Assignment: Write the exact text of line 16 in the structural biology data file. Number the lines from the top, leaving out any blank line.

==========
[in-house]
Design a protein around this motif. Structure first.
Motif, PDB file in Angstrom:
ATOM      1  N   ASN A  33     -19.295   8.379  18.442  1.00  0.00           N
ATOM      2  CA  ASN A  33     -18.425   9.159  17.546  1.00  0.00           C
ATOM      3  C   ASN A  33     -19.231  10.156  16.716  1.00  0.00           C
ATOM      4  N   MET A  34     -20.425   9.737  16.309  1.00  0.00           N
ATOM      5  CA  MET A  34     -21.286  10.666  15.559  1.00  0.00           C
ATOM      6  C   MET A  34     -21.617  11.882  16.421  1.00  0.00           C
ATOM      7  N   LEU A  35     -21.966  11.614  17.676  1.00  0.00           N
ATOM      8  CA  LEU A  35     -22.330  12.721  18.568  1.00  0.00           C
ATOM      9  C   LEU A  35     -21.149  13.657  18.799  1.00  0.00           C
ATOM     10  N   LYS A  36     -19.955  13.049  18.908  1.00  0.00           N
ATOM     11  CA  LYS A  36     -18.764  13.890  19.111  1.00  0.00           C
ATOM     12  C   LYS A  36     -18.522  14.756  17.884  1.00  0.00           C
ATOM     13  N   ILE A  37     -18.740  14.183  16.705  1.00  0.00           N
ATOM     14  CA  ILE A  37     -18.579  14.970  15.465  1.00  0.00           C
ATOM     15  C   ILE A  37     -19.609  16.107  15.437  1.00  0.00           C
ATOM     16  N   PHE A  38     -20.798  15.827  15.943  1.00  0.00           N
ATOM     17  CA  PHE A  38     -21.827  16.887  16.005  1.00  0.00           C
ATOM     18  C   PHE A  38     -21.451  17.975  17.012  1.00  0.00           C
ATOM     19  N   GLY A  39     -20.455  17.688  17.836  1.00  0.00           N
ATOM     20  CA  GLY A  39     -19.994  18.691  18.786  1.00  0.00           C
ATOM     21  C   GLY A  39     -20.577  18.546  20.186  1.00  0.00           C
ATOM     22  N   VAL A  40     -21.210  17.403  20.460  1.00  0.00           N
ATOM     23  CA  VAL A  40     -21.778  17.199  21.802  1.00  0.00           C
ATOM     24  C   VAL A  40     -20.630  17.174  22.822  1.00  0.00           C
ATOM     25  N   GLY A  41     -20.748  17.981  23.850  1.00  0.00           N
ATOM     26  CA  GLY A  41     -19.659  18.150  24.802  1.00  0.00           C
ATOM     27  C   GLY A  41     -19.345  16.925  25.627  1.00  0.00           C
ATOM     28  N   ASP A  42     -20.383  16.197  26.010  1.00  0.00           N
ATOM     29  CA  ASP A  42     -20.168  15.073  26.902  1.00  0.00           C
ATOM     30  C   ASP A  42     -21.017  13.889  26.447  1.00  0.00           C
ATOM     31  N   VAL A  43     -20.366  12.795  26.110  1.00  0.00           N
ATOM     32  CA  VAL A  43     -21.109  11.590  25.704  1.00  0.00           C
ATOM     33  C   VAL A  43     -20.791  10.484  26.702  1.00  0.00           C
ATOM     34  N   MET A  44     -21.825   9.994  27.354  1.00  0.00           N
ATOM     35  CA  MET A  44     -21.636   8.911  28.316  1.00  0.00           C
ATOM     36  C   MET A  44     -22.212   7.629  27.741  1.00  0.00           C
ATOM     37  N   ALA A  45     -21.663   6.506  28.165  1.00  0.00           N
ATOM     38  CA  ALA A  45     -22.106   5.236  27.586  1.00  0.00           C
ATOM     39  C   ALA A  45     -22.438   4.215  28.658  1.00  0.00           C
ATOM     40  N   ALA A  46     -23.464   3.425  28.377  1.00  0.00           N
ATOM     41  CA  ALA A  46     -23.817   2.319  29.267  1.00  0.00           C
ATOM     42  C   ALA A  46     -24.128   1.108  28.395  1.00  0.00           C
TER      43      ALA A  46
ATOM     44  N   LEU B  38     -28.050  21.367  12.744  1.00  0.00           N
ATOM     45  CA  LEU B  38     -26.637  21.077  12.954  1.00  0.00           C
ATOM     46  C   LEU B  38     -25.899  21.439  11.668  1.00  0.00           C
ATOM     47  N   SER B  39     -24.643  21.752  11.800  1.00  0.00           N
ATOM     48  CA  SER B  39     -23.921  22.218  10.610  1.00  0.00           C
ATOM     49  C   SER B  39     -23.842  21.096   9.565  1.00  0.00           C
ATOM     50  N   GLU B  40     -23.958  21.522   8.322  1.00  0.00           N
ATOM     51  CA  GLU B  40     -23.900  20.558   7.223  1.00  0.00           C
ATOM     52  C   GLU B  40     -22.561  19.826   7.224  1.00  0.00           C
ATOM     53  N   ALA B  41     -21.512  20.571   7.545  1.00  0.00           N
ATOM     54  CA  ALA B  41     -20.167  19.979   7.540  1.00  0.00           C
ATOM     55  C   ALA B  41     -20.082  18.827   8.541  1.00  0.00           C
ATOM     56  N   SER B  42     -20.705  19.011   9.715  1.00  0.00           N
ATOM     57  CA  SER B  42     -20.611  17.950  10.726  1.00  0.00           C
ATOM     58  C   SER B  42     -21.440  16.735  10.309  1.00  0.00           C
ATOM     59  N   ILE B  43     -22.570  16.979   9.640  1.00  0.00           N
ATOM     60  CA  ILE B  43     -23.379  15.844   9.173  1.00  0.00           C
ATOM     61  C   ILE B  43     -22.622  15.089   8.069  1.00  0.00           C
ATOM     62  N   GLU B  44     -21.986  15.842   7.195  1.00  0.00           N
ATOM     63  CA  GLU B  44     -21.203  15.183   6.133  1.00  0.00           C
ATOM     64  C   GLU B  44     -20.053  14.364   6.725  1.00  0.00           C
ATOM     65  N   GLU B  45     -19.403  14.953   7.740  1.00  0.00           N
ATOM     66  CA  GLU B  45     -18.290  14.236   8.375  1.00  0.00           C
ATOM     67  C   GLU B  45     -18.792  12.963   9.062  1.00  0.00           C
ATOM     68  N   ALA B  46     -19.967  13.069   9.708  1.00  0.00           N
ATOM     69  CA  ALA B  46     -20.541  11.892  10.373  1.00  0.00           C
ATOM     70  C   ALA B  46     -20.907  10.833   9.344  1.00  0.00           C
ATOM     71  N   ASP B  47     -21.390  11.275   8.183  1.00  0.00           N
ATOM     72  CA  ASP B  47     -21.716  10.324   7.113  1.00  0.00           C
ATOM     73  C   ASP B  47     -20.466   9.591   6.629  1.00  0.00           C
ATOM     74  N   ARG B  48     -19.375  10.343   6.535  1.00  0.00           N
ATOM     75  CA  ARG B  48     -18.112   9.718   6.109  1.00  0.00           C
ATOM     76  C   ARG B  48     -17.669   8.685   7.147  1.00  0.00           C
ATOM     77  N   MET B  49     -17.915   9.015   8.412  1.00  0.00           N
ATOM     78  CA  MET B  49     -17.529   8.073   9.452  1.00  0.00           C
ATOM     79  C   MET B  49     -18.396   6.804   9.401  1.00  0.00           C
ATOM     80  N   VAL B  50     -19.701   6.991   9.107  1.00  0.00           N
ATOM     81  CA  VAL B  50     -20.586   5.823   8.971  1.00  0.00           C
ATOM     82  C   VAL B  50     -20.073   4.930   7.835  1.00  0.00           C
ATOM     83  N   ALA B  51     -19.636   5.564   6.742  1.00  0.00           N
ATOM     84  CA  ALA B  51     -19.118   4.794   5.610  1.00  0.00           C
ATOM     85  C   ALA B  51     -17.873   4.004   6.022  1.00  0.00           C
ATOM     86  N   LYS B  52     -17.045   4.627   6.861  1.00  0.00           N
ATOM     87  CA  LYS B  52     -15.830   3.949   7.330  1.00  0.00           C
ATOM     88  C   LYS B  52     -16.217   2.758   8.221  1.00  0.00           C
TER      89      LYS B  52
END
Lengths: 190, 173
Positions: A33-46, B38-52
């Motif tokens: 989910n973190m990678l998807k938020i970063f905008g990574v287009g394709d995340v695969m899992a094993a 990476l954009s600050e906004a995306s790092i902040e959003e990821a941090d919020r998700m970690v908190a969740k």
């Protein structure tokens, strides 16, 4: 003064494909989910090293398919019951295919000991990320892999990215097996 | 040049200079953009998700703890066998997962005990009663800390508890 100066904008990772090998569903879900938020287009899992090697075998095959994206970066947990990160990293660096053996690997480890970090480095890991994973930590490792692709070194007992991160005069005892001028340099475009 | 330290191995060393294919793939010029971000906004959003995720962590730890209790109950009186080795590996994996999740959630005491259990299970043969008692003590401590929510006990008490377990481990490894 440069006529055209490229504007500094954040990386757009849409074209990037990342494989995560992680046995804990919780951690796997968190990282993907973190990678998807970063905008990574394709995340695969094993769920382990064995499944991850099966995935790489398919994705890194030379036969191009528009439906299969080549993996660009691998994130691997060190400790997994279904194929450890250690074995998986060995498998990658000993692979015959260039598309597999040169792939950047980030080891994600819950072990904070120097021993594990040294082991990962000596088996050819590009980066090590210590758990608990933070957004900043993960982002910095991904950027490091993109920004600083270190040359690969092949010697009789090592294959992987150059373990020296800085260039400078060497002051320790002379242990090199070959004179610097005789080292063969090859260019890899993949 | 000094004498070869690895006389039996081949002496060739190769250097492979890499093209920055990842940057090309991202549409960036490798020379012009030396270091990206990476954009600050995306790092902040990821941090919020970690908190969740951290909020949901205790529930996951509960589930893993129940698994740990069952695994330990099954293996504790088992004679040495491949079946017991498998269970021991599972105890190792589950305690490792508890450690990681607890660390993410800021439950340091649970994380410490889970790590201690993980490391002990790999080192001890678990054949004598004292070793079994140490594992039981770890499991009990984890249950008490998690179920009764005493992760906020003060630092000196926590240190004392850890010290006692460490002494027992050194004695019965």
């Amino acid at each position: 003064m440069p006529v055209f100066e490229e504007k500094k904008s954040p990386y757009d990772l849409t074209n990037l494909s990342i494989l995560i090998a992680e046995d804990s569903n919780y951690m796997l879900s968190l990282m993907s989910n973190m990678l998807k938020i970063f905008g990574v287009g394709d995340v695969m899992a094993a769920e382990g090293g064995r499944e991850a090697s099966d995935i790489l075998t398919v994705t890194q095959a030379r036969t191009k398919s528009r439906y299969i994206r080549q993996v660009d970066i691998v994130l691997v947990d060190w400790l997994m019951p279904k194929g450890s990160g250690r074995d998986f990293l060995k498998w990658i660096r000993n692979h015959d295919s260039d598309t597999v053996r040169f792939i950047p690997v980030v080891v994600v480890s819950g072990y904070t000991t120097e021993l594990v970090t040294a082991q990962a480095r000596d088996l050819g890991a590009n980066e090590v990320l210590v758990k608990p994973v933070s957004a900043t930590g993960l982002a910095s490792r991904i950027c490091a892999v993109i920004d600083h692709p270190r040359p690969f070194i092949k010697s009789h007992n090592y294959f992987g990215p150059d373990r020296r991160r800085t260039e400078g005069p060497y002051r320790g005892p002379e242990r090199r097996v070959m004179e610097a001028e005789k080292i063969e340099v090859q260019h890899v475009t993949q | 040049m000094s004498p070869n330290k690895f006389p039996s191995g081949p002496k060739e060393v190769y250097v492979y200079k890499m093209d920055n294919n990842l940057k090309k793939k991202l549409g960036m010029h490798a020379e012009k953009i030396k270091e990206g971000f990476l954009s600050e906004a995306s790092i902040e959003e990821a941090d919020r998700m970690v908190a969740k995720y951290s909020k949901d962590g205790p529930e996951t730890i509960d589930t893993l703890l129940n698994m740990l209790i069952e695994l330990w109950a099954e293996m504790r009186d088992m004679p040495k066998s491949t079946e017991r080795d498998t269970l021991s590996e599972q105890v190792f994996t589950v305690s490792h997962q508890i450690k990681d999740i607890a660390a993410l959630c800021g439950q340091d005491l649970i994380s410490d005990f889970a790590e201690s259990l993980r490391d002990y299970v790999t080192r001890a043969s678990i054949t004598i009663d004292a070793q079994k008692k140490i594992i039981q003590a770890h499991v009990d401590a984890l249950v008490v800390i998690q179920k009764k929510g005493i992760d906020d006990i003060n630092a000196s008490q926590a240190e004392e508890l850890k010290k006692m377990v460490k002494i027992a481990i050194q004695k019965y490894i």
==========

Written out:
ATOM     13  N   ILE A  37     -18.740  14.183  16.705  1.00  0.00           N